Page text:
On April 16—the eighth anniversary of the Virginia Tech attack that left 32 dead and numerous persons wounded—Sen. Timothy Kaine (D-VA) claimed background checks need to be expanded because “40 percent” of all guns are purchased without a background check.”
The Richmond Times-Dispatch did their homework on Kaine’s claim and now show that it is “mostly false.”
According to Times-Dispatch, Kaine’s office said his statement was based on a “1997 study by the U.S. National Institute of Justice that looked at gun owners’s responses to a 1994 national survey that asked them how they acquired their weapons.”
They show this claim is dubious for numerous reasons, including the fact that the researchers who actually conducted the study posited a number as low as “30 percent.” More importantly, the study “was conducted eight months after the Brady Act went into effect, mandating background checks on individuals seeking to buy firearms from federally licensed dealers,” which means even a number as low as “30 percent” is higher than normal because it comes at point in time when Americans were trying to buy all the guns they could before background checks took effect.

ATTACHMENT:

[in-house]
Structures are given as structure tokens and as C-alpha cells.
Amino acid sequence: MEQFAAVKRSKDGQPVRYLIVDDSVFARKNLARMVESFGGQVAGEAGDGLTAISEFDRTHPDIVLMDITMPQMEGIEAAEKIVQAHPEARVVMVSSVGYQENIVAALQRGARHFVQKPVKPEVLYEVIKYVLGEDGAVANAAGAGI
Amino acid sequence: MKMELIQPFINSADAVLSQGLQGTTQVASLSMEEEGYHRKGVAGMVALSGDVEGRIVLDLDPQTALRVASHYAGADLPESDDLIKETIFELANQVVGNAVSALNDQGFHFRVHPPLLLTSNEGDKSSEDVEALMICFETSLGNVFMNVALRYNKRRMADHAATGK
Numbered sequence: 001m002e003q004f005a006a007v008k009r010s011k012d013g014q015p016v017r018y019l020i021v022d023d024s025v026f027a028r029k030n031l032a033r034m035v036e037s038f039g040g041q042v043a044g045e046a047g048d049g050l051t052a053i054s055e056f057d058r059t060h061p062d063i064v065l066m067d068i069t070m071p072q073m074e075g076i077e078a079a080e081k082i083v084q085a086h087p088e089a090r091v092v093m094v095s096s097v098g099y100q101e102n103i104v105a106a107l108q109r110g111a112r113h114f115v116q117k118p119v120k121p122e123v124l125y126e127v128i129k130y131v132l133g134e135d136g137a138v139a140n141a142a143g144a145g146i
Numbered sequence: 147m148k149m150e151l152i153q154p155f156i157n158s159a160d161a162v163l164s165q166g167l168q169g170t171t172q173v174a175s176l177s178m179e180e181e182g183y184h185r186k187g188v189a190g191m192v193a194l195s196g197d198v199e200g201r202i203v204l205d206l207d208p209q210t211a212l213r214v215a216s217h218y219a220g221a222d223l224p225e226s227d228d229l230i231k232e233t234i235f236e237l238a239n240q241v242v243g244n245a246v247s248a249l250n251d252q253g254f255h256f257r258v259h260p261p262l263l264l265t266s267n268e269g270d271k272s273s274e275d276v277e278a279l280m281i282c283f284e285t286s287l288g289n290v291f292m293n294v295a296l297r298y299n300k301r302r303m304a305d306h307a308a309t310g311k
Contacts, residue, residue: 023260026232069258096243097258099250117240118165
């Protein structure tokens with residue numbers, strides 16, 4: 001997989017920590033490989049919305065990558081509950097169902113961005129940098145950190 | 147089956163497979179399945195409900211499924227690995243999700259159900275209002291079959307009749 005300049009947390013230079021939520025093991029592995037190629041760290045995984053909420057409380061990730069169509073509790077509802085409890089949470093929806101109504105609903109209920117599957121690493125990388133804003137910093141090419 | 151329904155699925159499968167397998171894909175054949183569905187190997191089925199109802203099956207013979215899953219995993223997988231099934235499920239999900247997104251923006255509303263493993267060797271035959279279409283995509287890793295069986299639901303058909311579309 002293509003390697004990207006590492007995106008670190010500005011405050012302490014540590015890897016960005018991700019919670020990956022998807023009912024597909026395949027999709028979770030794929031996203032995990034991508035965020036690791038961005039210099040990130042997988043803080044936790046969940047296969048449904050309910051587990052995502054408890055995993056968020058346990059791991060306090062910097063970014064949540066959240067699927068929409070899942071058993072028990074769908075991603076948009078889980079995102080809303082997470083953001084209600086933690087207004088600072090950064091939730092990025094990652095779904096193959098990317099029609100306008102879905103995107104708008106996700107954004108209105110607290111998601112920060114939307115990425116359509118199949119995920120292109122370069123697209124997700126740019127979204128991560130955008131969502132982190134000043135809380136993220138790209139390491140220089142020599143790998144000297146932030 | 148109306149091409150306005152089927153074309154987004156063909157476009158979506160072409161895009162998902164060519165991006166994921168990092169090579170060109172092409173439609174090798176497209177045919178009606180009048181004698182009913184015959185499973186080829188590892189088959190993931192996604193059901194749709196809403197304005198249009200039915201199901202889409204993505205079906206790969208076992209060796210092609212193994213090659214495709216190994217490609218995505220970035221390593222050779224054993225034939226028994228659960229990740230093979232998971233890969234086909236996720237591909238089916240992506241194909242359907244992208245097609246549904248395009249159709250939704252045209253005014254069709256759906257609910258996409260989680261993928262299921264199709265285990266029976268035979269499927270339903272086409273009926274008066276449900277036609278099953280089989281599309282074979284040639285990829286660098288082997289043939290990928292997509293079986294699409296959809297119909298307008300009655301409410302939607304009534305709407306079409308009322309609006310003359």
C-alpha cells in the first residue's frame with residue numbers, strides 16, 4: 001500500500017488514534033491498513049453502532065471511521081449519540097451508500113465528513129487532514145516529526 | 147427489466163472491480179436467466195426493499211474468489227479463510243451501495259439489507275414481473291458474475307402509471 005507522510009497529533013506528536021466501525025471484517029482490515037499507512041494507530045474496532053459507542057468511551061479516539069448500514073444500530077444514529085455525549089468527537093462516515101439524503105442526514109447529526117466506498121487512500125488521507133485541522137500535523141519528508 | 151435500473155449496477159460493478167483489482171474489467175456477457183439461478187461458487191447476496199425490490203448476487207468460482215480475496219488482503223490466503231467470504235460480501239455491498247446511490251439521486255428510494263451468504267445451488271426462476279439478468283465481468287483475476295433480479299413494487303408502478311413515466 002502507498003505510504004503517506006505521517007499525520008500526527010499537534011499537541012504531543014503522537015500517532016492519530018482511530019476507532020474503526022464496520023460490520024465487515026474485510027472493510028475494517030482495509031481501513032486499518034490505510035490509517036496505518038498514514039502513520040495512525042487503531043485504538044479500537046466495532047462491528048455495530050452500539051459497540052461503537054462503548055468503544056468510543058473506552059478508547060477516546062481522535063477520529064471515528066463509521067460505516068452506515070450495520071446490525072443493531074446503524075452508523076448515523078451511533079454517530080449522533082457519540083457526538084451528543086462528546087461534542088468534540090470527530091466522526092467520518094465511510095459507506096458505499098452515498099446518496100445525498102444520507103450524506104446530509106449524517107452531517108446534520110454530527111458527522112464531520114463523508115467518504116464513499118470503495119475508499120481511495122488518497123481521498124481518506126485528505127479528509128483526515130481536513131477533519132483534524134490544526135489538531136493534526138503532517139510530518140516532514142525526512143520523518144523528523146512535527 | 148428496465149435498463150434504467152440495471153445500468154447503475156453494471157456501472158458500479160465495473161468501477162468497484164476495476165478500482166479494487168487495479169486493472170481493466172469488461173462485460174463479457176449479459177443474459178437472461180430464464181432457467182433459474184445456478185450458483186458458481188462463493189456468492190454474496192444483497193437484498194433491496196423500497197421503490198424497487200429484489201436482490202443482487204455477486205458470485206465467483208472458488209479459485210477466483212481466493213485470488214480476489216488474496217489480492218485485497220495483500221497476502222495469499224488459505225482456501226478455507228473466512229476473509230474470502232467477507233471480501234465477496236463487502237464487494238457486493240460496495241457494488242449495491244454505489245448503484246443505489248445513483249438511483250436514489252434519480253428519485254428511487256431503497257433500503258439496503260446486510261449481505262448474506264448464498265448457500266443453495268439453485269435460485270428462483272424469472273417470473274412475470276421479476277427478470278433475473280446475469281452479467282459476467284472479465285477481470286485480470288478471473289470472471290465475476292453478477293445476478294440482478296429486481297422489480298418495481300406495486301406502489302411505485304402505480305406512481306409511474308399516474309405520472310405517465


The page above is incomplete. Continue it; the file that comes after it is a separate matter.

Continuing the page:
Another problem—the study Kaine referenced is 21 years old. A lot has changed in 21 years, and the percentage of guns sold without background checks in recent years could be one of the pertinent changes.
For example, Breitbart News has previously reported that Virginia Tech gunman Seung-Hui Cho passed a background check for the gun he used to kill 32 and wound 17.
Think about it—the shooter in the very attack Senator Kaine used to highlight the need for background checks actually passed a background check to get his gun.
The Times-Dispatch concludes that Kaine’s statement regarding background checks was “Mostly False.”
Follow AWR Hawkins on Twitter @AWRHawkins. Reach him directly at email@example.com.